How do you go about executing this? When in the ideation development phase, you’ll need to exercise prudence when testing your idea, obtaining validation and support for it. Why? Because your idea—your vision—is like a seedling that needs to be nurtured with care until you have enough information to decide whether to move forward or to discard.
How do you nurture it? By building a team of supporters. While there are many kinds of support that entrepreneurs garner for their ventures, during ideation formation phase, there are two key areas: emotional support, and idea validation.
Who Is Your Number 1 Fan?
Every startup needs a team of supporters, whether it’s a team of one or a team of a dozen. The first member of that team should be you. As you are moving on your entrepreneurial path, you will encounter unanticipated challenges, and during those moments when no one else is there, you need to be the No. 1 fan of your idea, your dream—you need to be there emotionally and mentally for you! This seems so obvious; yet I’ve listened to many founders looking outside for others to be the No. 1 cheerleader of their dreams. When they didn’t receive the cheering they needed, they faltered. If you have a co-founder, then that individual must share your vision and core values, and be your startup’s No. 2 fan. Remember, your No. 1 fan is you!
What criteria do you use to select those you are going to contact and vet your idea?
Are you willing to talk with just anyone who will listen and give their two cents? Many people will give you free advice and input; that said, free does not mean quality input, whether it’s encouraging or questioning.
With your F&F circle, who can you share your idea with and enlist support?
- Is the individual someone whose judgment you trust?
- Is the individual open-minded and by nature an optimist?
- Has the individual given you emotional support in the past? Is this someone who has been one of your loyal cheerleaders?
You may be drawn to different individuals with different personalities who comprise your inner circle of friends and family (F&F). Not all of them may share your core values and personal outlook. If you are by nature an optimist, asking for input from a relative who sees the glass half empty and is not a risk-taker is not going to be helpful to you. Most likely, that relative will point out all the downside and deflate your enthusiasm. F&F may have their own personal fears and risk-averse inclinations that will not serve you well as you embark on a new journey. Think carefully about the individuals who comprise your personal landscape and select the right cheerleaders to support you emotionally.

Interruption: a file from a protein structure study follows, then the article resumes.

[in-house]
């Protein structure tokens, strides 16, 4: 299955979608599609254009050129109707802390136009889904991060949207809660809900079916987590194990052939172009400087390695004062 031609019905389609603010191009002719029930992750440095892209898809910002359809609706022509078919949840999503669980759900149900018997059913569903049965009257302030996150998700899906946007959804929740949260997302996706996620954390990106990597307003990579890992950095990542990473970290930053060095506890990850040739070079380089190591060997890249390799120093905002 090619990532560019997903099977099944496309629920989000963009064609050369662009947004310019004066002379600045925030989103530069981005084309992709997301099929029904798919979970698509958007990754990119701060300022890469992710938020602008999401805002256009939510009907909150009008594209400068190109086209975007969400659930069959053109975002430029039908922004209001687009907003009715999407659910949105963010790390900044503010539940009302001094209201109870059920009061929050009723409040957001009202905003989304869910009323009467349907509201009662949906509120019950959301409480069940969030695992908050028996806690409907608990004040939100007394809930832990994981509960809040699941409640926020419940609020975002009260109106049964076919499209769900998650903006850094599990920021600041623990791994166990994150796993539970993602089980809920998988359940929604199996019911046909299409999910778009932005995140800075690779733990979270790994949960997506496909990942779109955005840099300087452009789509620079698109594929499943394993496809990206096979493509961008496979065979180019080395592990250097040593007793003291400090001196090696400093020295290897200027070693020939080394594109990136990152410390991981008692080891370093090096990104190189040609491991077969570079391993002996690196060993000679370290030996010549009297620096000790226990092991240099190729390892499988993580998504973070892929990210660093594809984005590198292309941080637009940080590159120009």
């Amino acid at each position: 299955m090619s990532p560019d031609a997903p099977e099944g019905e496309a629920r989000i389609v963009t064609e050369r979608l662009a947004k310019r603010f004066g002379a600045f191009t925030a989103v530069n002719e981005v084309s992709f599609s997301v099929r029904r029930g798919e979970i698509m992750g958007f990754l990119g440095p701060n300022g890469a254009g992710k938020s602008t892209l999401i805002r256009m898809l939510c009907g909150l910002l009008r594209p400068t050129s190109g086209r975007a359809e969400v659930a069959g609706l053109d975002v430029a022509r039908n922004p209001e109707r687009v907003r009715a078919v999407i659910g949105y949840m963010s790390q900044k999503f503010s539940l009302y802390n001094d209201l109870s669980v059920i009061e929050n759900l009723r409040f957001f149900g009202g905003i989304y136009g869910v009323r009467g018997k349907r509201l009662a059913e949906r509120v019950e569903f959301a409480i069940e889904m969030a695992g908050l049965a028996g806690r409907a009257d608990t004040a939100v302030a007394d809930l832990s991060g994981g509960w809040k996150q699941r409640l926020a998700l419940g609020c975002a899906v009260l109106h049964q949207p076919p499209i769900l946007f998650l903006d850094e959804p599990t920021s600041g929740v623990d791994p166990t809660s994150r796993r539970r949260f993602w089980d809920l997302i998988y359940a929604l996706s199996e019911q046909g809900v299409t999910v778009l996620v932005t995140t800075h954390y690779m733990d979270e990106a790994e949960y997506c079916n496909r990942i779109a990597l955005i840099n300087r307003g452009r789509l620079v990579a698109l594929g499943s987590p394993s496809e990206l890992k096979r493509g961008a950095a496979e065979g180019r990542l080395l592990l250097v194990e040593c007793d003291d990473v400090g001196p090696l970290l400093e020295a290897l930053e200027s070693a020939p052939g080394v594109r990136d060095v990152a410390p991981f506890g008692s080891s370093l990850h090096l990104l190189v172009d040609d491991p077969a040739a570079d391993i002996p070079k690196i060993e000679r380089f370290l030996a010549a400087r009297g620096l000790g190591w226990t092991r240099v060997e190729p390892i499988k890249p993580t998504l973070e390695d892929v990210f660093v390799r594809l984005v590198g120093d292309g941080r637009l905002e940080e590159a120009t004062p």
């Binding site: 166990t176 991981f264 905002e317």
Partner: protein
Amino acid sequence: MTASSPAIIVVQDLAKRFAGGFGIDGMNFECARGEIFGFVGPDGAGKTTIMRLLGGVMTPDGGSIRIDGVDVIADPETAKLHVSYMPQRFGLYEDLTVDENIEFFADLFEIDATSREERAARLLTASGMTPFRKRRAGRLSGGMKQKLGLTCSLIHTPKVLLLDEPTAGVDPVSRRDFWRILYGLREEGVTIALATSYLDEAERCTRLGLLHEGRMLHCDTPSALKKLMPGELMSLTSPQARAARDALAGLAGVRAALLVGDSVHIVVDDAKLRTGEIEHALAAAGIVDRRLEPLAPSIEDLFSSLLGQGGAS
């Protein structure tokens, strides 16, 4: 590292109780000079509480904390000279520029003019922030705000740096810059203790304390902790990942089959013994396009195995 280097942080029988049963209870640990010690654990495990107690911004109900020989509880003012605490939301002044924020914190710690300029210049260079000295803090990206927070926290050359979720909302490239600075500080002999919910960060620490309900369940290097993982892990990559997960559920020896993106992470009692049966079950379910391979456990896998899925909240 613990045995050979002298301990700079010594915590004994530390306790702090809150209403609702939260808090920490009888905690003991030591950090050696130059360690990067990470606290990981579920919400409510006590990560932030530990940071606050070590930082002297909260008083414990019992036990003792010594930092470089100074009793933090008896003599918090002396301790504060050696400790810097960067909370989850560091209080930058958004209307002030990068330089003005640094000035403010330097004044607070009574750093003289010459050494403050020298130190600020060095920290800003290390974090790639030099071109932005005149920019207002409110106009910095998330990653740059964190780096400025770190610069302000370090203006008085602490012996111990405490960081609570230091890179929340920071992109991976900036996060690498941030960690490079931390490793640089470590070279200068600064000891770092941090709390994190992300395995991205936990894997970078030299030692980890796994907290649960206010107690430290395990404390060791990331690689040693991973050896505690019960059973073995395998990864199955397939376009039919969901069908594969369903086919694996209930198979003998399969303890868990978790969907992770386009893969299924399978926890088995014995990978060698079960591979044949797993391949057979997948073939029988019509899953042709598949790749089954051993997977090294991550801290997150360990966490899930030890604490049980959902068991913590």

Do not mistake emotional support for professional validation of your idea.
If you have friends and family with the appropriate experience to give you a professional assessment of your idea, that is most fortunate. But if no one on your personal list of connections possesses the appropriate experience, then you need to seek out input from those who are qualified.
We live in a world that is saturated with Facebook, LinkedIn and MeetUp connections. The upside is that we have access to so many specialists and experts as we have never had before. The challenge is how to cull the right individuals to support you, to give you business advice and even to mentor you during your new venture.
With those in your professional networks, who is qualified? As you are coming up with a short list, think about the following:
- How well do you know this individual?
- If you have never met this person in person and received an online introduction through a colleague or an acquaintance, should you be placing a lot of weight on his / her input?
- Have you researched their professional backgrounds and do you respect their professional judgment? Do you believe they know enough to give you a sound evaluation, whether that will include validation of or concerns about your business idea?
- Do they share similar values to yours? While this is not a deal breaker, it is helpful to know. For example, if you believe in creating a product with quality service and material, and this person you’re talking with is successful from cutting corners and using cheap, exploited labor, is this someone whose input you want?
In the big picture, products and services that you created will be a reflection of your values, vision, and execution. If you are enlisting support and incorporating input from those whose values and business practices are not aligned with yours, your creations will be influenced by them as well.
I had mentioned earlier that you need to exercise prudence in testing your idea and obtaining validation because sharing it with the wrong individuals can set you back, and worse, derail you from your idea and your dream. You want to start out with smart moves by asking for positive support from the right people.
© 2014-2015 My-Tien Vo